Hotel ads are misleading, says consumer group

Survey finds that prices of hotel stays advertised by travel and vacation providers are misleading.

By SHARON WROBEL
August 31, 2010 01:33
3 minute read.
Hotel ads are misleading, says consumer group

Yam Suf Hotel 88 248. (photo credit: Courtesy)

Prices of hotel stays advertised by travel and vacation providers are misleading and are posted in a deceiving manner to lure the consumer public, according to a survey published by the Israel Consumer Council on Monday.

The Israel Consumer Council warned that advertisements and promotions for hotel stays by holiday providers are deceiving since they often display the price “per person per night in a double room” rather than the final price in order to attract consumers to low prices. In addition, the survey showed that advertisements lack full information on limitations and specific conditions on the offer.

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“The consumer protection act requires providers to display full and clear information in their advertisements to consumers,” said Ehud Poleg, director of the Israel Consumer Council. “We advise consumers to take great care when considering hotel stay advertisements and to examine and compare whether they are worthwhile once the final price is given.”

The survey conducted on the basis of advertisements for hotel stays published in the daily press from August 11 to August 18, which were followed up by telephone calls to the holiday providers, found that the price advertised was not the final price the consumer was asked to pay. The display in the advertisements of the price “per person in a double room,” or “per person in a room” is misleading and lower than the actual price since the deal always requires a minimum of two persons and hence the price will be double.

Furthermore, in many cases the offered per-person deal commits the consumer to a stay of more than one night.

The minimum requirement of a number of overnight stays is often not displayed as part of the price condition in the advertisement, said the Consumer Council.

For example, travel agency Flying Carpet posted a deal for a hotel stay for NIS 399 per person per night in a double room when the actual price was NIS 2,220 since there was a commitment of three nights which was not mentioned in the offer. Similarly, holiday provider Eshet Tours posted an advertisement for a hotel stay for NIS 444 per person per night in a double room, while the actual price was NIS 2,664 since it is conditioned on a minimum stay of three nights, which again was not posted as part of the advertisement.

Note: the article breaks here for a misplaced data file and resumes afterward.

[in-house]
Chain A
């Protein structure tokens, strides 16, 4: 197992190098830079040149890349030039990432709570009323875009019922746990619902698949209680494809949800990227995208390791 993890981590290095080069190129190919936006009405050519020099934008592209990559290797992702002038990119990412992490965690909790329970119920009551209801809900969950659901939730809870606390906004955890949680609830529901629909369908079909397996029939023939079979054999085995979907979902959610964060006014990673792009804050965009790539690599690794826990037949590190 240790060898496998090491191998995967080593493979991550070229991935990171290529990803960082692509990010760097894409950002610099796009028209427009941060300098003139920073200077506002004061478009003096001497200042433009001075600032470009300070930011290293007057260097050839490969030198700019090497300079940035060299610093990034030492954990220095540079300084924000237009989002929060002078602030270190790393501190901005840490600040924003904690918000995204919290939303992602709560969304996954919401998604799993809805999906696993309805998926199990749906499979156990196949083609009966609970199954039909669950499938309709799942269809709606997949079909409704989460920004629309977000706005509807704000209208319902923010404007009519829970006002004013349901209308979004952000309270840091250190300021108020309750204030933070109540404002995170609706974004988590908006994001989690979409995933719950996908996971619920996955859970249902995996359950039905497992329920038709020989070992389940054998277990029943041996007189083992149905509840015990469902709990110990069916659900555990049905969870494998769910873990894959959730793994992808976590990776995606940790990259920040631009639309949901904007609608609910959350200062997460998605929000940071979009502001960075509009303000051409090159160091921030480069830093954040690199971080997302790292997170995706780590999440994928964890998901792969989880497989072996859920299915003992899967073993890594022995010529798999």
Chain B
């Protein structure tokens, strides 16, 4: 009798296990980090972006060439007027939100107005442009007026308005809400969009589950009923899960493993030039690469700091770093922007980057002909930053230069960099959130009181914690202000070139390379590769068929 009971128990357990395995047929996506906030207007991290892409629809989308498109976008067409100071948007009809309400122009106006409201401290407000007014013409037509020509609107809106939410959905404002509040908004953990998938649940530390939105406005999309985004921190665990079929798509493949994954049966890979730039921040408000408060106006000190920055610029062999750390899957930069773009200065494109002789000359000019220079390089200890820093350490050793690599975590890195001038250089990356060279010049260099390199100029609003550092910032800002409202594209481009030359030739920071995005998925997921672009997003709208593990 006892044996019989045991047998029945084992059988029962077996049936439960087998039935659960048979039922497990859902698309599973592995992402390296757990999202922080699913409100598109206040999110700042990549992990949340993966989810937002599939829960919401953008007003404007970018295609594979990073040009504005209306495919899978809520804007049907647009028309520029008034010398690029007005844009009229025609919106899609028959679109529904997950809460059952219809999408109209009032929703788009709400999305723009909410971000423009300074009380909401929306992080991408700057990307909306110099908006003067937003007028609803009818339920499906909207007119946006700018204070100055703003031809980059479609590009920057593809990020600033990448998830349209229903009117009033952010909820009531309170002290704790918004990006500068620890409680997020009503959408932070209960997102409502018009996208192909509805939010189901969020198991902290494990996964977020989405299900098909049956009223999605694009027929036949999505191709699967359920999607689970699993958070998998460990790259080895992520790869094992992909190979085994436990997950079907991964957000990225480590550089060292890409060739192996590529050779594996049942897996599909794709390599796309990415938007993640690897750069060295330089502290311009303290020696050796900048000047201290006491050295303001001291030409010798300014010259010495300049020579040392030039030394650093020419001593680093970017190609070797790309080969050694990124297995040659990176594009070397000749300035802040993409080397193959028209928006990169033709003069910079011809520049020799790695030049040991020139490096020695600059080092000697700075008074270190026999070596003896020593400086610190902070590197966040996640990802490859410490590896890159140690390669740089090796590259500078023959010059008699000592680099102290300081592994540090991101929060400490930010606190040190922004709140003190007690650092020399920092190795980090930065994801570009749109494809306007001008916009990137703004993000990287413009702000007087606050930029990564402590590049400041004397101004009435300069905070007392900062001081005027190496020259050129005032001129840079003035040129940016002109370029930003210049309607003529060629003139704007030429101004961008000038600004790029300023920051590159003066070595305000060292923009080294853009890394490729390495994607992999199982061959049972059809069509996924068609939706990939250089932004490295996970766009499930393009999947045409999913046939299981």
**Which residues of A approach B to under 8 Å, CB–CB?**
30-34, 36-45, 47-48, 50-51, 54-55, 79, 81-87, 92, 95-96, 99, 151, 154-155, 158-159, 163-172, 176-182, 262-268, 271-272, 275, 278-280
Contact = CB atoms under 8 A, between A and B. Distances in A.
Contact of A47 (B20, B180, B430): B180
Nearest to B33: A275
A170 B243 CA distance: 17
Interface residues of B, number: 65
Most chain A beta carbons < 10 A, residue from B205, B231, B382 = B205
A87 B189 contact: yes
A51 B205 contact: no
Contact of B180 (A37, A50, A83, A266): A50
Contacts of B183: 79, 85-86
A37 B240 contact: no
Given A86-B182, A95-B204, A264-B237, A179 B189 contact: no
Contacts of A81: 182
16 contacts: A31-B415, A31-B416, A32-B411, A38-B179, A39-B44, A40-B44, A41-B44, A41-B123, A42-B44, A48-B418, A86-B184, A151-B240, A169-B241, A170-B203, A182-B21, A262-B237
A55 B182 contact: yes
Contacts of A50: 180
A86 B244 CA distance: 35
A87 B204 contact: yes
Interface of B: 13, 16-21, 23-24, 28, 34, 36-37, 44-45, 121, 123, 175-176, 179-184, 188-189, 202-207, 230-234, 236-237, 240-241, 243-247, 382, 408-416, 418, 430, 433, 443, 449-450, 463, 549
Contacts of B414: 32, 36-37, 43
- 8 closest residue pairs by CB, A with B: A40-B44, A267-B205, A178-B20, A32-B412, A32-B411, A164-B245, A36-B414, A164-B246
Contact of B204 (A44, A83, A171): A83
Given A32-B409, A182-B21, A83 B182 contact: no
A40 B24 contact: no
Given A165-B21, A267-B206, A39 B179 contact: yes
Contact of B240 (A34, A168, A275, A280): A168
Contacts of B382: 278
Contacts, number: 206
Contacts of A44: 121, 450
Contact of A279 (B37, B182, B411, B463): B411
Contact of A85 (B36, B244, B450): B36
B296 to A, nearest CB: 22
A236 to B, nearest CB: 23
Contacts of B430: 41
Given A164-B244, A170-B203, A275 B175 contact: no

Single occupancy would have cost NIS 2,397, which is 10 percent less than the offer.

The August survey carried out by Geocartografia also found that 57% of the consumer public is misled by the price display of “per person per night in a double room.”

In response to the question of price display preference, 66% said they would prefer advertisements to show the price per night in a double room for a couple.

In reaction to the survey, the Israel Hotel Association said the that survey was referring only to hotel prices advertised by travel agencies and not advertisements by hotels. The association said that the price display of “per person in a double room” in Hebrew was the adaptation of what is known as single occupancy in the hotel terminology around the world adding that the hotel industry might consider looking into a better term in Hebrew. With regard to the minimum hotel stay condition, the association said it had sent a reminder to the hotels at the beginning of the summer requesting them to clearly state the conditions of all deals including minimum stay requirements in every advertisement.

Back in February this year the commissioner in charge of consumer protection at the Minister of Industry Trade and Labor to issued a reminder to the heads of the hoteliers and travel agents associations about the importance of accurate advertising following an array of complaints of misleading prices in hotel advertising.

The complaints revealed that prices quoted for a single night in a hotel in commercials in newspapers and online, proved to be substantially lower than the actual prices charged by the hotels. An investigation by the commissioner’s office showed that the advertised prices were conditioned by limitations, like length of duration.


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